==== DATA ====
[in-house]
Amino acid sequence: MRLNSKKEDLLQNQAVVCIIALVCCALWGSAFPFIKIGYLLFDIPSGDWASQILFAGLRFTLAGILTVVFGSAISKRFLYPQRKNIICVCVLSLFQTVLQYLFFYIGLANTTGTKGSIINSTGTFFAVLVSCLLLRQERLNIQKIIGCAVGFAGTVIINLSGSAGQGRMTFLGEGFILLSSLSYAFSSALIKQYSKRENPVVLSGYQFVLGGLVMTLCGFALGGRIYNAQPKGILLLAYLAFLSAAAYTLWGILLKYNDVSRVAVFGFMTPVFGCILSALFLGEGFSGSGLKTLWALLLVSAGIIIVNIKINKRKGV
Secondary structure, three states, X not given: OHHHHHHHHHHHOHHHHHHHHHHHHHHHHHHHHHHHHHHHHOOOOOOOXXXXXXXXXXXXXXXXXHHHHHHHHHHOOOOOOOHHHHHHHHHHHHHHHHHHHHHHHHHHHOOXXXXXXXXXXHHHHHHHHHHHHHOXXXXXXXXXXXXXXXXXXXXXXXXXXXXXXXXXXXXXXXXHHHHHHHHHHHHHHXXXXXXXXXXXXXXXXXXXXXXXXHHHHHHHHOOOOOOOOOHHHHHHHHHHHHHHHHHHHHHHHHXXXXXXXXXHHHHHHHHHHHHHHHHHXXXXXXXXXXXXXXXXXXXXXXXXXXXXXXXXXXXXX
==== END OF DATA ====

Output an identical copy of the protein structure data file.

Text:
[in-house]
Amino acid sequence: MRLNSKKEDLLQNQAVVCIIALVCCALWGSAFPFIKIGYLLFDIPSGDWASQILFAGLRFTLAGILTVVFGSAISKRFLYPQRKNIICVCVLSLFQTVLQYLFFYIGLANTTGTKGSIINSTGTFFAVLVSCLLLRQERLNIQKIIGCAVGFAGTVIINLSGSAGQGRMTFLGEGFILLSSLSYAFSSALIKQYSKRENPVVLSGYQFVLGGLVMTLCGFALGGRIYNAQPKGILLLAYLAFLSAAAYTLWGILLKYNDVSRVAVFGFMTPVFGCILSALFLGEGFSGSGLKTLWALLLVSAGIIIVNIKINKRKGV
Secondary structure, three states, X not given: OHHHHHHHHHHHOHHHHHHHHHHHHHHHHHHHHHHHHHHHHOOOOOOOXXXXXXXXXXXXXXXXXHHHHHHHHHHOOOOOOOHHHHHHHHHHHHHHHHHHHHHHHHHHHOOXXXXXXXXXXHHHHHHHHHHHHHOXXXXXXXXXXXXXXXXXXXXXXXXXXXXXXXXXXXXXXXXHHHHHHHHHHHHHHXXXXXXXXXXXXXXXXXXXXXXXXHHHHHHHHOOOOOOOOOHHHHHHHHHHHHHHHHHHHHHHHHXXXXXXXXXHHHHHHHHHHHHHHHHHXXXXXXXXXXXXXXXXXXXXXXXXXXXXXXXXXXXXX